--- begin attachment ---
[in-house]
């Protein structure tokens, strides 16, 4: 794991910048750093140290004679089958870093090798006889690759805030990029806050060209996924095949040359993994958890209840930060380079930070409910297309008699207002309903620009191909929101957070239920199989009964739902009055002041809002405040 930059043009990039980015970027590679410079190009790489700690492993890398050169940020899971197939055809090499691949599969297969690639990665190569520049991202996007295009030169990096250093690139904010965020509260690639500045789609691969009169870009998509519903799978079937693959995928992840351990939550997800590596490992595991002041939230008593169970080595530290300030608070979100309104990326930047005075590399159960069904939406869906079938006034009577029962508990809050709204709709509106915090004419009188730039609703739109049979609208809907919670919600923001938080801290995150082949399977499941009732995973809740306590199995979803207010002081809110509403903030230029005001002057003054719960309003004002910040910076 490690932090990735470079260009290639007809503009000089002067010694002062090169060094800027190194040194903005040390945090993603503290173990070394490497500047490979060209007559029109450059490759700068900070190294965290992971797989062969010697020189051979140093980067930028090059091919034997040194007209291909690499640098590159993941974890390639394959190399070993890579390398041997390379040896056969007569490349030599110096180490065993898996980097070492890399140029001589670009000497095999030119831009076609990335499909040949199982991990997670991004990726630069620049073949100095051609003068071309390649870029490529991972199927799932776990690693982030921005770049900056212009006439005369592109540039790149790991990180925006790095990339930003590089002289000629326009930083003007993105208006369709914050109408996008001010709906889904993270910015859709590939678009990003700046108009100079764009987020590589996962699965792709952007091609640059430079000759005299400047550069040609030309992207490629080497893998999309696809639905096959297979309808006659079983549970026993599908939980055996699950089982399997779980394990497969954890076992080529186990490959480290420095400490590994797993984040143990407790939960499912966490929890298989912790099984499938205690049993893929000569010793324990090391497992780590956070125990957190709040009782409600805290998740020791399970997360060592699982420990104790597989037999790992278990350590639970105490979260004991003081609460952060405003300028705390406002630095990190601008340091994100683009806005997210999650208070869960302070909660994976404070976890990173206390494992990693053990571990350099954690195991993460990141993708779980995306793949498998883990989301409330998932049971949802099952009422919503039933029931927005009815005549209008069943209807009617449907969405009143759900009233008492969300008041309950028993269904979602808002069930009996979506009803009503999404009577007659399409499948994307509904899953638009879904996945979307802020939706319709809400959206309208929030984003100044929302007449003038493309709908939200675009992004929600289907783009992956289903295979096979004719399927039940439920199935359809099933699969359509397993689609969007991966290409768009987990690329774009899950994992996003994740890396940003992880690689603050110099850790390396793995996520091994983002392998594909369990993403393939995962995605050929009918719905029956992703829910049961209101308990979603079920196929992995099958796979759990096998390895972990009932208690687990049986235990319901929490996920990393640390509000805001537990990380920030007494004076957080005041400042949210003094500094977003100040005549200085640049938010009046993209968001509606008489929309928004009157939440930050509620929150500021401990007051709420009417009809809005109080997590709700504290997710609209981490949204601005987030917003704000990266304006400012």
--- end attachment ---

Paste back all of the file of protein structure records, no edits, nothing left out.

[in-house]
């Protein structure tokens, strides 16, 4: 794991910048750093140290004679089958870093090798006889690759805030990029806050060209996924095949040359993994958890209840930060380079930070409910297309008699207002309903620009191909929101957070239920199989009964739902009055002041809002405040 930059043009990039980015970027590679410079190009790489700690492993890398050169940020899971197939055809090499691949599969297969690639990665190569520049991202996007295009030169990096250093690139904010965020509260690639500045789609691969009169870009998509519903799978079937693959995928992840351990939550997800590596490992595991002041939230008593169970080595530290300030608070979100309104990326930047005075590399159960069904939406869906079938006034009577029962508990809050709204709709509106915090004419009188730039609703739109049979609208809907919670919600923001938080801290995150082949399977499941009732995973809740306590199995979803207010002081809110509403903030230029005001002057003054719960309003004002910040910076 490690932090990735470079260009290639007809503009000089002067010694002062090169060094800027190194040194903005040390945090993603503290173990070394490497500047490979060209007559029109450059490759700068900070190294965290992971797989062969010697020189051979140093980067930028090059091919034997040194007209291909690499640098590159993941974890390639394959190399070993890579390398041997390379040896056969007569490349030599110096180490065993898996980097070492890399140029001589670009000497095999030119831009076609990335499909040949199982991990997670991004990726630069620049073949100095051609003068071309390649870029490529991972199927799932776990690693982030921005770049900056212009006439005369592109540039790149790991990180925006790095990339930003590089002289000629326009930083003007993105208006369709914050109408996008001010709906889904993270910015859709590939678009990003700046108009100079764009987020590589996962699965792709952007091609640059430079000759005299400047550069040609030309992207490629080497893998999309696809639905096959297979309808006659079983549970026993599908939980055996699950089982399997779980394990497969954890076992080529186990490959480290420095400490590994797993984040143990407790939960499912966490929890298989912790099984499938205690049993893929000569010793324990090391497992780590956070125990957190709040009782409600805290998740020791399970997360060592699982420990104790597989037999790992278990350590639970105490979260004991003081609460952060405003300028705390406002630095990190601008340091994100683009806005997210999650208070869960302070909660994976404070976890990173206390494992990693053990571990350099954690195991993460990141993708779980995306793949498998883990989301409330998932049971949802099952009422919503039933029931927005009815005549209008069943209807009617449907969405009143759900009233008492969300008041309950028993269904979602808002069930009996979506009803009503999404009577007659399409499948994307509904899953638009879904996945979307802020939706319709809400959206309208929030984003100044929302007449003038493309709908939200675009992004929600289907783009992956289903295979096979004719399927039940439920199935359809099933699969359509397993689609969007991966290409768009987990690329774009899950994992996003994740890396940003992880690689603050110099850790390396793995996520091994983002392998594909369990993403393939995962995605050929009918719905029956992703829910049961209101308990979603079920196929992995099958796979759990096998390895972990009932208690687990049986235990319901929490996920990393640390509000805001537990990380920030007494004076957080005041400042949210003094500094977003100040005549200085640049938010009046993209968001509606008489929309928004009157939440930050509620929150500021401990007051709420009417009809809005109080997590709700504290997710609209981490949204601005987030917003704000990266304006400012």